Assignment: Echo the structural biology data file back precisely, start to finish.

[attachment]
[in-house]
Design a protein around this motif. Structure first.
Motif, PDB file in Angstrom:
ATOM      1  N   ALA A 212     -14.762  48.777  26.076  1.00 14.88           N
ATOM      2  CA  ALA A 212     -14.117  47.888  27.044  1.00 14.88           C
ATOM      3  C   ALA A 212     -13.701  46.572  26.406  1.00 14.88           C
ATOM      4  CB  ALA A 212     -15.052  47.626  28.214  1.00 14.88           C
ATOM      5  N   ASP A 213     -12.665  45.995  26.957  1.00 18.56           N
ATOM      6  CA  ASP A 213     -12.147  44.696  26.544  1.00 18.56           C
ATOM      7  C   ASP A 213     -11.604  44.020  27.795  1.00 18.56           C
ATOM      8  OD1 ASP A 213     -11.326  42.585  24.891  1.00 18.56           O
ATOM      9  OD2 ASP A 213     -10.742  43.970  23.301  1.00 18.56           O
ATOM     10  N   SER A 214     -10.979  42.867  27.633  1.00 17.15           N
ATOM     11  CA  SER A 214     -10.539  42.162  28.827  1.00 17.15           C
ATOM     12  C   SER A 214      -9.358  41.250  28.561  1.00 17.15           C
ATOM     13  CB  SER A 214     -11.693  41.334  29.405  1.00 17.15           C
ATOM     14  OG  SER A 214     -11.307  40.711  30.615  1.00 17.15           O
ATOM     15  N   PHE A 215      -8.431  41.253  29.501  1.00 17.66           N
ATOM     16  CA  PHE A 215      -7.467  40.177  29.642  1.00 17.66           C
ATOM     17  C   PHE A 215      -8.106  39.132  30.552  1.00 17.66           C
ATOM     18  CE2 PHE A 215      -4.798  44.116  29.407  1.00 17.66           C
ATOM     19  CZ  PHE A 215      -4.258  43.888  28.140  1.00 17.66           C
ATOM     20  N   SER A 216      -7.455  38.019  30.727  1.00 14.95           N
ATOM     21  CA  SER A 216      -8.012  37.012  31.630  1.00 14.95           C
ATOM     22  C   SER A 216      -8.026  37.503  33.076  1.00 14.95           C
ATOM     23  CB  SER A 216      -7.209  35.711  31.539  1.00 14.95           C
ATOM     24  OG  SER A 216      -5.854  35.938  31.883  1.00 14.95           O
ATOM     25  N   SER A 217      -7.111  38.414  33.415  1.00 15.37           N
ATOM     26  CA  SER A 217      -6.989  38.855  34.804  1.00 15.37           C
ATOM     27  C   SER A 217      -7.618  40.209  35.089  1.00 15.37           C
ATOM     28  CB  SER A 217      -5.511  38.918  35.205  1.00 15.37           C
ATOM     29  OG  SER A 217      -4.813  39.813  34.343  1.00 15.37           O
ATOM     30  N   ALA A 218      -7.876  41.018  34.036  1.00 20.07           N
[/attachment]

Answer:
[in-house]
Design a protein around this motif. Structure first.
Motif, PDB file in Angstrom:
ATOM      1  N   ALA A 212     -14.762  48.777  26.076  1.00 14.88           N
ATOM      2  CA  ALA A 212     -14.117  47.888  27.044  1.00 14.88           C
ATOM      3  C   ALA A 212     -13.701  46.572  26.406  1.00 14.88           C
ATOM      4  CB  ALA A 212     -15.052  47.626  28.214  1.00 14.88           C
ATOM      5  N   ASP A 213     -12.665  45.995  26.957  1.00 18.56           N
ATOM      6  CA  ASP A 213     -12.147  44.696  26.544  1.00 18.56           C
ATOM      7  C   ASP A 213     -11.604  44.020  27.795  1.00 18.56           C
ATOM      8  OD1 ASP A 213     -11.326  42.585  24.891  1.00 18.56           O
ATOM      9  OD2 ASP A 213     -10.742  43.970  23.301  1.00 18.56           O
ATOM     10  N   SER A 214     -10.979  42.867  27.633  1.00 17.15           N
ATOM     11  CA  SER A 214     -10.539  42.162  28.827  1.00 17.15           C
ATOM     12  C   SER A 214      -9.358  41.250  28.561  1.00 17.15           C
ATOM     13  CB  SER A 214     -11.693  41.334  29.405  1.00 17.15           C
ATOM     14  OG  SER A 214     -11.307  40.711  30.615  1.00 17.15           O
ATOM     15  N   PHE A 215      -8.431  41.253  29.501  1.00 17.66           N
ATOM     16  CA  PHE A 215      -7.467  40.177  29.642  1.00 17.66           C
ATOM     17  C   PHE A 215      -8.106  39.132  30.552  1.00 17.66           C
ATOM     18  CE2 PHE A 215      -4.798  44.116  29.407  1.00 17.66           C
ATOM     19  CZ  PHE A 215      -4.258  43.888  28.140  1.00 17.66           C
ATOM     20  N   SER A 216      -7.455  38.019  30.727  1.00 14.95           N
ATOM     21  CA  SER A 216      -8.012  37.012  31.630  1.00 14.95           C
ATOM     22  C   SER A 216      -8.026  37.503  33.076  1.00 14.95           C
ATOM     23  CB  SER A 216      -7.209  35.711  31.539  1.00 14.95           C
ATOM     24  OG  SER A 216      -5.854  35.938  31.883  1.00 14.95           O
ATOM     25  N   SER A 217      -7.111  38.414  33.415  1.00 15.37           N
ATOM     26  CA  SER A 217      -6.989  38.855  34.804  1.00 15.37           C
ATOM     27  C   SER A 217      -7.618  40.209  35.089  1.00 15.37           C
ATOM     28  CB  SER A 217      -5.511  38.918  35.205  1.00 15.37           C
ATOM     29  OG  SER A 217      -4.813  39.813  34.343  1.00 15.37           O
ATOM     30  N   ALA A 218      -7.876  41.018  34.036  1.00 20.07           N